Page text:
Monday, September 30, 2019

But If You Can't Solve Parking Lots

They might be a hard problem, but if you can't figure them out you can't have robotaxis. Sure you can have niche applications of automated vehicles which are probably more neato than commercially viable (maybe the latter, too), but not useful robotaxis.

Anyway my bigger point is whatever happens with automated vehicle technology generally, the focus on "robotaxis" was always absurd, both as a technological issue and as the idea that it was the path to riches for companies like Uber. Making them kinda sorta work in a geofenced bit of a slice of suburbanish Phoenix or newer California after a years-long dedicated effort is very different from creating something which can adapt to the mean streets of San Francisco or Philadelphia.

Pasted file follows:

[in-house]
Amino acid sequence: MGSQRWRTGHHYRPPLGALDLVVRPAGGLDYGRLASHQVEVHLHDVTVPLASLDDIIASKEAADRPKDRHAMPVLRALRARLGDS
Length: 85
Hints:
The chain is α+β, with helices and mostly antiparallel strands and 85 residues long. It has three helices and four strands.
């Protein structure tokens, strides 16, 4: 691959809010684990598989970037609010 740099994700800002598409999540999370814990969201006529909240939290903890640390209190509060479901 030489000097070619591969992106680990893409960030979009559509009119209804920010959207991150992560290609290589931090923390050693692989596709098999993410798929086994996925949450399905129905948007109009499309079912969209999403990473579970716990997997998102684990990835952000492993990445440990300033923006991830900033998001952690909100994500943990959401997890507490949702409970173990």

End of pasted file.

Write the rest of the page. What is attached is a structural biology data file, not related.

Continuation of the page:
And more realistic applications, such as fixed or semi-fixed route shuttle systems in lower density environments, while more likely to be technologically feasible, aren't much more likely to be something communities are going to invest in. Sure drivers are expensive, but so are roboshuttles, and demand for these things is likely to be too low in most places where people they imagine they should be for the same reasons systems with drivers have low demand in these places. What if a bus was more like a taxi is always the fantasy, and the idea is that if you make them driverless this is for some reason more possible, but it still doesn't make any sense.